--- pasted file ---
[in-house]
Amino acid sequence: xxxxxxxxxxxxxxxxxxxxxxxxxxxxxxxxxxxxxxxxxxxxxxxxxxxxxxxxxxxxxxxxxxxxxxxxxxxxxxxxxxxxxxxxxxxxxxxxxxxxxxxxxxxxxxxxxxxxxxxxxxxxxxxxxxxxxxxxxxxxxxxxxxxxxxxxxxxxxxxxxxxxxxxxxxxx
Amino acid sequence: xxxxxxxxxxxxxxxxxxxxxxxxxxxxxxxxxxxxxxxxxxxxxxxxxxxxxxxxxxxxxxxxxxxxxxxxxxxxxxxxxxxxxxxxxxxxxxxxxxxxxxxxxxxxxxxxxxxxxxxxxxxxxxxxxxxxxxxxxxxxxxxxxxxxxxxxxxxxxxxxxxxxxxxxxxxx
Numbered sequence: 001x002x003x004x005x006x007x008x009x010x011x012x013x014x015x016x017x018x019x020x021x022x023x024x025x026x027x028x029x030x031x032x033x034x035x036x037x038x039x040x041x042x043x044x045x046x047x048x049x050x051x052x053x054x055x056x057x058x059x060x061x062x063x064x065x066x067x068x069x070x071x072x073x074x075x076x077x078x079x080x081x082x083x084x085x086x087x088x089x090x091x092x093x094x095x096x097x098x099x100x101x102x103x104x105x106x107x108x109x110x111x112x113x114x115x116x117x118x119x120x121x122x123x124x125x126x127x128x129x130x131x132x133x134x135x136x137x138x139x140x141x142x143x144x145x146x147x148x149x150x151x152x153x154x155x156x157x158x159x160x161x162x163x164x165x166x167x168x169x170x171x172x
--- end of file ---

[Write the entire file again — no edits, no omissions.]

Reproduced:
[in-house]
Amino acid sequence: xxxxxxxxxxxxxxxxxxxxxxxxxxxxxxxxxxxxxxxxxxxxxxxxxxxxxxxxxxxxxxxxxxxxxxxxxxxxxxxxxxxxxxxxxxxxxxxxxxxxxxxxxxxxxxxxxxxxxxxxxxxxxxxxxxxxxxxxxxxxxxxxxxxxxxxxxxxxxxxxxxxxxxxxxxxx
Amino acid sequence: xxxxxxxxxxxxxxxxxxxxxxxxxxxxxxxxxxxxxxxxxxxxxxxxxxxxxxxxxxxxxxxxxxxxxxxxxxxxxxxxxxxxxxxxxxxxxxxxxxxxxxxxxxxxxxxxxxxxxxxxxxxxxxxxxxxxxxxxxxxxxxxxxxxxxxxxxxxxxxxxxxxxxxxxxxxx
Numbered sequence: 001x002x003x004x005x006x007x008x009x010x011x012x013x014x015x016x017x018x019x020x021x022x023x024x025x026x027x028x029x030x031x032x033x034x035x036x037x038x039x040x041x042x043x044x045x046x047x048x049x050x051x052x053x054x055x056x057x058x059x060x061x062x063x064x065x066x067x068x069x070x071x072x073x074x075x076x077x078x079x080x081x082x083x084x085x086x087x088x089x090x091x092x093x094x095x096x097x098x099x100x101x102x103x104x105x106x107x108x109x110x111x112x113x114x115x116x117x118x119x120x121x122x123x124x125x126x127x128x129x130x131x132x133x134x135x136x137x138x139x140x141x142x143x144x145x146x147x148x149x150x151x152x153x154x155x156x157x158x159x160x161x162x163x164x165x166x167x168x169x170x171x172x